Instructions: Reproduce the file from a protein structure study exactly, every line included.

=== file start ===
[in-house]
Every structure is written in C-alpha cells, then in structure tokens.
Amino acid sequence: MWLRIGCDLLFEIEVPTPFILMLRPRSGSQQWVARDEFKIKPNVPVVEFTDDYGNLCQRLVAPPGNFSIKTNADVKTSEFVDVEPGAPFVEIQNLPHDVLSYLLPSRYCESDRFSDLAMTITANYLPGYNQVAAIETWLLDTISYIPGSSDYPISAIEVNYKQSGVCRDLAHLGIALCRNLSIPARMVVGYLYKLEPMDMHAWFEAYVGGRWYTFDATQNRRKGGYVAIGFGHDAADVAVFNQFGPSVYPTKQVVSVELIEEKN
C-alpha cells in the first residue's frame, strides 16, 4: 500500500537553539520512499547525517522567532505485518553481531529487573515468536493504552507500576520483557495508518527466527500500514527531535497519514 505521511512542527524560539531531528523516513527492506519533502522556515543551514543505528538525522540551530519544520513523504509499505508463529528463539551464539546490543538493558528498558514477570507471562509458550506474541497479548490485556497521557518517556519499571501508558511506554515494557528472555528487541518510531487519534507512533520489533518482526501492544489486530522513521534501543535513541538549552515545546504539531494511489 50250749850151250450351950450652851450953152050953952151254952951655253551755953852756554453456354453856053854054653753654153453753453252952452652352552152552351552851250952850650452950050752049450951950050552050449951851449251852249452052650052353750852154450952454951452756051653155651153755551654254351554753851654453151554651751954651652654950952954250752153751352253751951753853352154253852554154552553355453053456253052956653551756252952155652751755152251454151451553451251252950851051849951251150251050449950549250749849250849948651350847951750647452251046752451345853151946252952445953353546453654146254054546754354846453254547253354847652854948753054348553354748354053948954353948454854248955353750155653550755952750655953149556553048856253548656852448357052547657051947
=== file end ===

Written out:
[in-house]
Every structure is written in C-alpha cells, then in structure tokens.
Amino acid sequence: MWLRIGCDLLFEIEVPTPFILMLRPRSGSQQWVARDEFKIKPNVPVVEFTDDYGNLCQRLVAPPGNFSIKTNADVKTSEFVDVEPGAPFVEIQNLPHDVLSYLLPSRYCESDRFSDLAMTITANYLPGYNQVAAIETWLLDTISYIPGSSDYPISAIEVNYKQSGVCRDLAHLGIALCRNLSIPARMVVGYLYKLEPMDMHAWFEAYVGGRWYTFDATQNRRKGGYVAIGFGHDAADVAVFNQFGPSVYPTKQVVSVELIEEKN
C-alpha cells in the first residue's frame, strides 16, 4: 500500500537553539520512499547525517522567532505485518553481531529487573515468536493504552507500576520483557495508518527466527500500514527531535497519514 505521511512542527524560539531531528523516513527492506519533502522556515543551514543505528538525522540551530519544520513523504509499505508463529528463539551464539546490543538493558528498558514477570507471562509458550506474541497479548490485556497521557518517556519499571501508558511506554515494557528472555528487541518510531487519534507512533520489533518482526501492544489486530522513521534501543535513541538549552515545546504539531494511489 50250749850151250450351950450652851450953152050953952151254952951655253551755953852756554453456354453856053854054653753654153453753453252952452652352552152552351552851250952850650452950050752049450951950050552050449951851449251852249452052650052353750852154450952454951452756051653155651153755551654254351554753851654453151554651751954651652654950952954250752153751352253751951753853352154253852554154552553355453053456253052956653551756252952155652751755152251454151451553451251252950851051849951251150251050449950549250749849250849948651350847951750647452251046752451345853151946252952445953353546453654146254054546754354846453254547253354847652854948753054348553354748354053948954353948454854248955353750155653550755952750655953149556553048856253548656852448357052547657051947